Frank Pignanelli & LaVarr Webb: Social media thwarted Utah lawmakers' plans

Published: Sunday, March 13 2011 12:00 a.m. MST

Near the end of the legislative session, Utah lawmakers quickly pushed through an overhaul of Utah's open records laws. But barely 48 hours later, the legislation was recalled. What happened?

Pignanelli:"I fear three newspapers more than 100,000 bayonets." — Napoleon. The Tea Party Movement, The Scott Brown Senate election, rebellions in Tunisia and Egypt... the 2011 Utah State Legislature. These are recent examples of when 21st-century technologies, combined with traditional media, have irreversibly changed a political trajectory. (Yeah, this sounds overblown, but even LaVarr agrees.)

As a former lawmaker, I "feel the pain" legislators suffer when attempting to comply with the Government Records Access Management Act (GRAMA) — which I cosponsored during my legislative career. At the end of each session, I sorted and packed all meaningful documents into a box — in anticipation of a GRAMA request that never happened. (I spent more time determining which freebies to take home.) Of course, today's officials have a 1,000-fold greater burden since GRAMA was established. They must worry about retaining e-mails, electronic documents, text messages, etc. Also, some journalists and bloggers are using GRAMA to demand access to thousands of records, often at great cost. The Capitol is reverberating with horror stories of "GRAMA abuse."

These are legitimate concerns ... which were not shared with the public before HB477 was revealed. As a lobbyist for the Utah Media Coalition/Utah Press Association, I can state there was no request to meet and resolve the issues beforehand. Indeed, the leaders of these organizations were surprised as to the extent of some GRAMA requests. There were smaller GRAMA scuffles in prior sessions, but the press and legislators always reached an accord.

By hard-wiring HB477 for passage in the last full week of the session, most Capitol Hill veteran politicos predicted the Legislature had achieved victory. Sure, those newspaper dinosaurs would scream and shout, but the public would not care about the nuances of some bizarre thing called GRAMA. (Even I was unsure as to shelf-life of the issue) No one predicted the outcome.

The 2011 Legislature deserves credit for fulfilling a hearty agenda: nationally recognized immigration reform, Medicaid cost controls, mission-based funding for higher education, public education reform, expanded accountability in state and local government. These accomplishments will be contrasted with the mistake to not make the GRAMA case to their constituents.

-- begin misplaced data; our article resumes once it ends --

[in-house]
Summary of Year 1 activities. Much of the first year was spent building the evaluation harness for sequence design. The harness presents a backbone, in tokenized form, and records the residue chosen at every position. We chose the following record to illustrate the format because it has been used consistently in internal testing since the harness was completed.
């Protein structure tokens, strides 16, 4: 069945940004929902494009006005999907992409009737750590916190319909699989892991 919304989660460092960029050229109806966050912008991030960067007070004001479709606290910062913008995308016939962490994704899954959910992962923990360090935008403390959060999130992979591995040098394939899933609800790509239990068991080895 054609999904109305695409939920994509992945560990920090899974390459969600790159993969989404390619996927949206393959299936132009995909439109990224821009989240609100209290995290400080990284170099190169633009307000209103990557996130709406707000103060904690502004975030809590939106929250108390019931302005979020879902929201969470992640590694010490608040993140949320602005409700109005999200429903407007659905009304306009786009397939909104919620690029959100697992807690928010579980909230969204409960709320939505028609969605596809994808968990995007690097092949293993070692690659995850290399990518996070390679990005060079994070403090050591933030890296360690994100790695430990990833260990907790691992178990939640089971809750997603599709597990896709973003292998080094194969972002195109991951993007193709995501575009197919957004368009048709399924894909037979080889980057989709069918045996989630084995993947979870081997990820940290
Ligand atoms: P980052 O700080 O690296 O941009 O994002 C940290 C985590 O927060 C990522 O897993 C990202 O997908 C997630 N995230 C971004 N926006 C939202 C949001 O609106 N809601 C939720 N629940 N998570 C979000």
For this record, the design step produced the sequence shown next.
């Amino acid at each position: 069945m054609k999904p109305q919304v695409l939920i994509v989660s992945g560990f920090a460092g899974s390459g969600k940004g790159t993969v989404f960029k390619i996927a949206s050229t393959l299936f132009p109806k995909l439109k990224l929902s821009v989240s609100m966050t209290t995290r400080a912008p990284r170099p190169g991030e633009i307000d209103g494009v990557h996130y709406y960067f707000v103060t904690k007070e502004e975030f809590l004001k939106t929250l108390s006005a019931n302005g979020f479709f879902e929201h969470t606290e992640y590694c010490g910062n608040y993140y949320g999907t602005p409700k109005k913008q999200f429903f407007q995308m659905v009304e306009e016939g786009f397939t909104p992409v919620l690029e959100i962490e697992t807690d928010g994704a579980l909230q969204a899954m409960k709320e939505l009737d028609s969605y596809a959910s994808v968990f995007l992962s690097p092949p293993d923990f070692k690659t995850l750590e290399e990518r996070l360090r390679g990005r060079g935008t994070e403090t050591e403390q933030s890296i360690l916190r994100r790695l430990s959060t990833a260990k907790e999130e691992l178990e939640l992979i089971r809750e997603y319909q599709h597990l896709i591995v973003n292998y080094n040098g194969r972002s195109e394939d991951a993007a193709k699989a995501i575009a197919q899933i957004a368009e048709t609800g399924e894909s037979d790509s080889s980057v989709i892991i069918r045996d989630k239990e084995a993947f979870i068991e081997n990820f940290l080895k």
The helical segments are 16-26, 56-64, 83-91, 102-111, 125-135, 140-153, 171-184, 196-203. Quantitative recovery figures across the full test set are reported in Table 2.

The controversy surrounding HB477 is a "learning opportunity" for all Utahns. Newspapers, and their affiliated Internet resources, remain very influential — as do television and radio media. Their concerns ignited the energy in blogging, Facebook, texting, etc. More importantly, Utahns across the political spectrum do care very deeply about open government — a wonderful revelation.

Webb: This was an amazing example of political "shock and awe" on both sides of this battle. It shows how social media, especially Facebook and Twitter, have forever changed politics.

To the surprise and dismay of the news media and government watchdog groups, lawmakers rammed through HB477. The deed was done quickly — planned and executed almost flawlessly to minimize pressure on lawmakers and strike before opponents had time to mobilize.

It worked — almost. News media lobbyists and groups were left wringing their hands, wailing that the sky was falling and wondering what hit them. Game over. Done deal. Pressure's off. All the governor had to do was quickly sign it. End of issue.

Sure, angry stories and editorials would be written (including an over-the-top Salt Lake Tribune front page editorial labeling Gov. Gary Herbert a pandering "political hack" if he didn't veto the legislation). But the average citizen really doesn't care whether a public employee's text messages are public documents. Sure, citizens will say they support transparency, but not one legislator would lose the next election over this relatively small issue. So, lawmakers appeared to have won.

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